NORTHFIELD, Vt. — Norwich University has received a 2020 Council for Advancement and Support of Education (CASE) Educational Fundraising Award for the five-year, $100 million bicentennial campaign “Forging the Future.”

The nonprofit council, which has U.S. headquarters in Washington, D.C., on June 18 awarded the university an Overall Performance Award in the Private Comprehensive Institutions with Endowments Over $80 Million category. The council, which also has offices in London, Singapore and Mexico City, said this is the first time Norwich has been so honored.

The campaign was launched at Homecoming in 2014 and timed to end with the university’s bicentennial, which was celebrated throughout 2019 with special events on campus, in Vermont and across the country with alumni clubs. The original goal of the campaign of $100 million was exceeded a year early, so in January 2019 trustees raised the goal to $110 million. The campaign far exceeded the goal, raising $121,239,000.

According to CASE: Winners are not selected based solely on total funds raised. A committee of experienced fundraisers reviews hundreds of pages of data from the survey, considering factors and variables including:
• Patterns of growth in total support  
• Evaluation of what contributed to the total support figure 
• Overall breadth of fundraising 
• Patterns of growth in gifts from sources including alumni, other individuals, corporations, and foundations  
• Impact of the 12 largest gifts on total support 
• Giving to areas such as current operations, endowment, and property/buildings 
• Amount raised per student 
• Amount raised relative to expenditures 
• Alumni participation 

Approximately 8,422 donors contributed to the “Forging the Future” bicentennial campaign, which was dedicated solely to enhancing the academic program. Just under 6,000 of those gifts came from alumni. In fiscal year 2019, 42 percent of employees made a gift to Norwich.

“Successful fundraising happens when everyone participates, from the staff and faculty to the institution’s leadership,” council President and CEO Sue Cunningham said in an online statement. “This inspiring philanthropic engagement is guided by dedicated and professional development staff, and supported by generous volunteers. Collectively, we are advancing education — key to addressing the many serious challenges our world faces today.”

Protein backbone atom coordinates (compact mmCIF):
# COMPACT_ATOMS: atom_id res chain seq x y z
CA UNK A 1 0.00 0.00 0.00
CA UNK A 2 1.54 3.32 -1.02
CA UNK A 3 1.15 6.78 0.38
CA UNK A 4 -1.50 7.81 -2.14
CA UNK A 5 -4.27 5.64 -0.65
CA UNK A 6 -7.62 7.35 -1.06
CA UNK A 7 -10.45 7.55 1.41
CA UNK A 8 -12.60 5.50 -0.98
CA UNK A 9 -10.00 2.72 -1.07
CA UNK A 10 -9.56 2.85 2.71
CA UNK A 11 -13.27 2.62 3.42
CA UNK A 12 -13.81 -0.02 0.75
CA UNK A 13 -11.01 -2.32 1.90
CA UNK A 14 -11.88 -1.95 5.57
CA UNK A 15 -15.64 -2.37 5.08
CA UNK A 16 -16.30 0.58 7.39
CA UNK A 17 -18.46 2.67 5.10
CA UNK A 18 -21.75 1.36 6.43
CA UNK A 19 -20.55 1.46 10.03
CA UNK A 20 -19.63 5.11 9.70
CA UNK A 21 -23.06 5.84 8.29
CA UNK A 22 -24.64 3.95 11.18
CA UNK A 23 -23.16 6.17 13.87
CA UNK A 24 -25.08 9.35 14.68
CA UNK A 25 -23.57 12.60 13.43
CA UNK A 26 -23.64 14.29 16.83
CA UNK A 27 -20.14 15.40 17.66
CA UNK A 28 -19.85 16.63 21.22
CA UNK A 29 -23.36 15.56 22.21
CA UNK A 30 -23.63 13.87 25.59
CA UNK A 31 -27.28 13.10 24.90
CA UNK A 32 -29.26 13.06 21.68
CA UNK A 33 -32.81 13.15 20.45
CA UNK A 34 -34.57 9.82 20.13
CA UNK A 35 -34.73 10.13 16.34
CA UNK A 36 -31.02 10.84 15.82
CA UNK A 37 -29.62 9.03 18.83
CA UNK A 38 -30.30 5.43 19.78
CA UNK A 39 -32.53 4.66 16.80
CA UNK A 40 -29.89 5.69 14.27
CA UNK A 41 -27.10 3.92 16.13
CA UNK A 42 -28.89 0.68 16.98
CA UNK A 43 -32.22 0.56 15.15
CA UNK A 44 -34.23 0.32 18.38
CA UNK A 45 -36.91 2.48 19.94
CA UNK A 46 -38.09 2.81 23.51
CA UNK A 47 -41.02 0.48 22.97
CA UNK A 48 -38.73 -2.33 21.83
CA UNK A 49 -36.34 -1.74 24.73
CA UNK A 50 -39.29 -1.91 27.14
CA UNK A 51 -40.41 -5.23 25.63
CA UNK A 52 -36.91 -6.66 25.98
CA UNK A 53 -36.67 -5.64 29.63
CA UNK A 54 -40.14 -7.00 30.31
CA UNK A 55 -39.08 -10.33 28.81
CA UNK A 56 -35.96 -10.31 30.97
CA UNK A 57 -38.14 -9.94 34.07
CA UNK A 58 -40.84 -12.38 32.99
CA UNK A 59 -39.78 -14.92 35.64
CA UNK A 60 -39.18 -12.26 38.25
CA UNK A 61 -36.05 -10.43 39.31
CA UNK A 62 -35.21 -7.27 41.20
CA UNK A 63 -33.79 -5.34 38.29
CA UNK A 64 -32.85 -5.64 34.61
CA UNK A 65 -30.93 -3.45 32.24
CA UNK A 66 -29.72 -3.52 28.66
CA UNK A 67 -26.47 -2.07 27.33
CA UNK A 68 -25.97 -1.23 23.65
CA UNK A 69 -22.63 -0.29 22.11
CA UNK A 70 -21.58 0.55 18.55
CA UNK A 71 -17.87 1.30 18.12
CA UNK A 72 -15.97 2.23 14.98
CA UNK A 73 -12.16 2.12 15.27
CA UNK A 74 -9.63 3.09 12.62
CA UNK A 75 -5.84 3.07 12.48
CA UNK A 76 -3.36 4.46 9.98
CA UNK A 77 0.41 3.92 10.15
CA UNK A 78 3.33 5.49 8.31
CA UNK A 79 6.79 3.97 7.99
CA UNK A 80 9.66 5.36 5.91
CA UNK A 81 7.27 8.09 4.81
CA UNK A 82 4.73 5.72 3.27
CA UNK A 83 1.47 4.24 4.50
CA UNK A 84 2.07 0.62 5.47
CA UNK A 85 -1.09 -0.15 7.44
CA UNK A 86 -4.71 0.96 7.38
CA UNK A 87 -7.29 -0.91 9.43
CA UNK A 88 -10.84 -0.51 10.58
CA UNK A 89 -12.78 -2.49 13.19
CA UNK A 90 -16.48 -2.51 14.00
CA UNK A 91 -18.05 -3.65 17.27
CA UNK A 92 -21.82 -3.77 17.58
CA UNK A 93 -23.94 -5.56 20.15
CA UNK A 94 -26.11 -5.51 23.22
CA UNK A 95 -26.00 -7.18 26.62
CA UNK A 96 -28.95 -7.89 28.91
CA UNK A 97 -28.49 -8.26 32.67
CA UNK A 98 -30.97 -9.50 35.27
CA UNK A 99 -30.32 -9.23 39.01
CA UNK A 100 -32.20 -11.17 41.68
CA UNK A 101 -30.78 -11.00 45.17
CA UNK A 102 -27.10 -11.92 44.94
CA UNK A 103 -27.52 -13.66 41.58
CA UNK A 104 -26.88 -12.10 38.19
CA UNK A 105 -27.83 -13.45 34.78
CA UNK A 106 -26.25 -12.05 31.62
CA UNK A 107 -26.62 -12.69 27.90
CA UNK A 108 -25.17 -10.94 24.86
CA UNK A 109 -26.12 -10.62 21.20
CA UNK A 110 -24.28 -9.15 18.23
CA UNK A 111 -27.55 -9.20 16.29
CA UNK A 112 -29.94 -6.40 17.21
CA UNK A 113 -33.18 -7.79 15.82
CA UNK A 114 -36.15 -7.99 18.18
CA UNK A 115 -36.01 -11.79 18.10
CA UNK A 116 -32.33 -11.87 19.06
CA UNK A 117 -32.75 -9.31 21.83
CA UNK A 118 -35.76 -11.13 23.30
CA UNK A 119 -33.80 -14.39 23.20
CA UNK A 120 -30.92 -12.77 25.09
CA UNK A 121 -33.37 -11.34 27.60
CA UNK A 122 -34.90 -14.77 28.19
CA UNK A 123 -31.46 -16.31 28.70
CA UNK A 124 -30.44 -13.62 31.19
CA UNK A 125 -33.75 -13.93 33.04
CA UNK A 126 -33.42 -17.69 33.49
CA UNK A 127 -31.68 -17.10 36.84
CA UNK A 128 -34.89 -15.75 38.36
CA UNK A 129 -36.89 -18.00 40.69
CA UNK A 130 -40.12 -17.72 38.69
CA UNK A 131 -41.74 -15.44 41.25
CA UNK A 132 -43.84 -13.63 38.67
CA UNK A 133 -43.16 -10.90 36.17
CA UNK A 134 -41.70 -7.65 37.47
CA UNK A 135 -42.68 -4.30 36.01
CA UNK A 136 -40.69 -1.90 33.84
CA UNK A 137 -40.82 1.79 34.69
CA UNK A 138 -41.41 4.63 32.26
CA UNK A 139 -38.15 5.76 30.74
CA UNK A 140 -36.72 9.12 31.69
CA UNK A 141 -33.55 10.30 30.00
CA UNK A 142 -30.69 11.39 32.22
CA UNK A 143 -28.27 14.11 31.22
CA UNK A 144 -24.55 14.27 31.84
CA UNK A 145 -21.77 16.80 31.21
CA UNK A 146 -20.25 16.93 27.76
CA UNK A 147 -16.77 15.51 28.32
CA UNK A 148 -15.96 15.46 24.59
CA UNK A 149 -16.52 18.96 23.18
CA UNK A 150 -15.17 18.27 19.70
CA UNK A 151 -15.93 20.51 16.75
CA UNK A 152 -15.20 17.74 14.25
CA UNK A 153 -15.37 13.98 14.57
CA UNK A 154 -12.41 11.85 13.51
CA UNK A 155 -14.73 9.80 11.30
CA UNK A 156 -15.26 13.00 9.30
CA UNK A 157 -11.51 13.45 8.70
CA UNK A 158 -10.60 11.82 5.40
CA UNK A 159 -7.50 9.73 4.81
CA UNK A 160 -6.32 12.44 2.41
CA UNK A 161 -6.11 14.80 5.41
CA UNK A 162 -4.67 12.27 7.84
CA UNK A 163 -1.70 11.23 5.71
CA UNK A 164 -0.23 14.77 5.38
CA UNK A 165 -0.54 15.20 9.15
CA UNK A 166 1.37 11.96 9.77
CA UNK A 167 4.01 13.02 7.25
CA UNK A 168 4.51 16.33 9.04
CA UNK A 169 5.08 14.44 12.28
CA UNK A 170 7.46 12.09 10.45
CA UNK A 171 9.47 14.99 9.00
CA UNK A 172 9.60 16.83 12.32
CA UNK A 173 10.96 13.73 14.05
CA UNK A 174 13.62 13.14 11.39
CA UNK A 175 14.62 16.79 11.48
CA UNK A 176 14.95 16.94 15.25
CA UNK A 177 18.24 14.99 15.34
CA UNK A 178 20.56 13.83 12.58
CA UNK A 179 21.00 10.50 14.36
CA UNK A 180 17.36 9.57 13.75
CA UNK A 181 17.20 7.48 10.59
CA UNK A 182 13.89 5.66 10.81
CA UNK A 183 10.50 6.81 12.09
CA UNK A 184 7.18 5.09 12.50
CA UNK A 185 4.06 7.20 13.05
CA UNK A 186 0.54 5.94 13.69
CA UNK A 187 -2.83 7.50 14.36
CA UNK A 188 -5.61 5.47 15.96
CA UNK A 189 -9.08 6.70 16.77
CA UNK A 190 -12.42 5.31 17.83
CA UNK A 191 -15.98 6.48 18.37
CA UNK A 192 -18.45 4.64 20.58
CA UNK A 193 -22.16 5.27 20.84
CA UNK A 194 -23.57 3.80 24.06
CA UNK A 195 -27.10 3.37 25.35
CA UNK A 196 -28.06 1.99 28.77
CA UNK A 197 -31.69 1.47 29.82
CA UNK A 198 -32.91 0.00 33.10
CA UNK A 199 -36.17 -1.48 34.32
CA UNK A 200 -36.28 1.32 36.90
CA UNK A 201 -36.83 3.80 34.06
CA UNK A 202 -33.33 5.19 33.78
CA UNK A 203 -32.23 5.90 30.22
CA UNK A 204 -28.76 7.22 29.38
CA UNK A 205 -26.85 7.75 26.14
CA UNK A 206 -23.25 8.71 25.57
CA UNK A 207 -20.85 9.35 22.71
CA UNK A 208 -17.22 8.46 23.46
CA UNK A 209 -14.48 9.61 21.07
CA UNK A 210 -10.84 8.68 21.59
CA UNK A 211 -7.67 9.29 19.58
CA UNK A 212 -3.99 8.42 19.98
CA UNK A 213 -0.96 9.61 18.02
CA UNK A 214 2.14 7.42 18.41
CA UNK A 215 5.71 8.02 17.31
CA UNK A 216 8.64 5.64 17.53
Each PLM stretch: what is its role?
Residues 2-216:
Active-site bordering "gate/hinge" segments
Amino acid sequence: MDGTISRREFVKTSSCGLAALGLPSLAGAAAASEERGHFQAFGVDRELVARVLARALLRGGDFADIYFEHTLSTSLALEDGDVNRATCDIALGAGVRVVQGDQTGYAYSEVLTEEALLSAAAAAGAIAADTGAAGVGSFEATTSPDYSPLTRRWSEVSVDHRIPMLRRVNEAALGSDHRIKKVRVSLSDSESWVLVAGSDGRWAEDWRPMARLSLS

Some of the project goals, including scholarships and planned gifts exceeded expectations.

The $121 million went to:

  • $54 million in academics and technology, including $24 million for the new Mack Hall and renovations to Dewey, Webb and Ainsworth Halls. With the completion of this work, all academic buildings on campus are either new or have been renovated during President Schneider’s tenure as president.
  • $8 million invested in campus, including $6 million in renovations to Kreitzberg Library and $2 million for the Bicentennial Stairs and the refurbishment of the Upper Parade ground.
  • $21M for support of current operations.
  • $19 million for scholarships.
  • $19 million in planned gifts.

“In receiving a CASE Educational Fundraising Award, you are not only demonstrating the highest levels of professionalism and best practice in fundraising, you and your colleagues also are contributing to the betterment of educational advancement worldwide by serving as a model to which others can aspire,” Paul Heaton, the council’s senior director of member engagement said in a congratulatory message to Norwich Vice President of Development David Whaley.

Whaley said he was pleased to learn that Norwich won and he was especially gratified because the award was based on statistics, not applications.

“This is a testament to the team. It’s a testament to President Emeritus Richard Schneider and it’s a testament to the people, including alumni and parents, who formed that support, who believed in what we’re doing and would be so generous to help us with what we thought we needed,” Whaley said. “You can set up the best possible plans and have the best programs in place, but you don’t have anything if no one responds to the message.”

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About Norwich University

Norwich University is a diversified academic institution that educates traditional-age students and adults in a Corps of Cadets and as civilians. Norwich offers a broad selection of traditional and distance-learning programs culminating in baccalaureate and graduate degrees. Norwich University was founded in 1819 by Capt. Alden Partridge of the U.S. Army and is the oldest private military college in the United States. Norwich is one of our nation's six senior military colleges and the birthplace of the Reserve Officers’ Training Corps (ROTC).

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